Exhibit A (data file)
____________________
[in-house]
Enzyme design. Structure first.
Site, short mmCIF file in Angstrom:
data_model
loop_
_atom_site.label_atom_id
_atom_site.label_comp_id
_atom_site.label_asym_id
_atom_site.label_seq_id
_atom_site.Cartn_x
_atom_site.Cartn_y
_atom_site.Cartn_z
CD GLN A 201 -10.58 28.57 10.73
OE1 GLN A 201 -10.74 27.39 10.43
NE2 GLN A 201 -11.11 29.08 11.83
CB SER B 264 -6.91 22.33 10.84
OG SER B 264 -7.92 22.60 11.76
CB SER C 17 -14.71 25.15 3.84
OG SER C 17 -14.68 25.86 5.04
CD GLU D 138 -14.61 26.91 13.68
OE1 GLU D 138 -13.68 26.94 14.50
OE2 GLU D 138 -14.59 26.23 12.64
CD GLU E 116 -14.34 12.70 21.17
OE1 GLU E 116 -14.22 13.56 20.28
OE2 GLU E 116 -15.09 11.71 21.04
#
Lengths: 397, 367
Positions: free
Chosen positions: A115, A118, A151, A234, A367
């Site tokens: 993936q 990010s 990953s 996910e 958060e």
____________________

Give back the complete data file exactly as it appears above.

[in-house]
Enzyme design. Structure first.
Site, short mmCIF file in Angstrom:
data_model
loop_
_atom_site.label_atom_id
_atom_site.label_comp_id
_atom_site.label_asym_id
_atom_site.label_seq_id
_atom_site.Cartn_x
_atom_site.Cartn_y
_atom_site.Cartn_z
CD GLN A 201 -10.58 28.57 10.73
OE1 GLN A 201 -10.74 27.39 10.43
NE2 GLN A 201 -11.11 29.08 11.83
CB SER B 264 -6.91 22.33 10.84
OG SER B 264 -7.92 22.60 11.76
CB SER C 17 -14.71 25.15 3.84
OG SER C 17 -14.68 25.86 5.04
CD GLU D 138 -14.61 26.91 13.68
OE1 GLU D 138 -13.68 26.94 14.50
OE2 GLU D 138 -14.59 26.23 12.64
CD GLU E 116 -14.34 12.70 21.17
OE1 GLU E 116 -14.22 13.56 20.28
OE2 GLU E 116 -15.09 11.71 21.04
#
Lengths: 397, 367
Positions: free
Chosen positions: A115, A118, A151, A234, A367
């Site tokens: 993936q 990010s 990953s 996910e 958060e």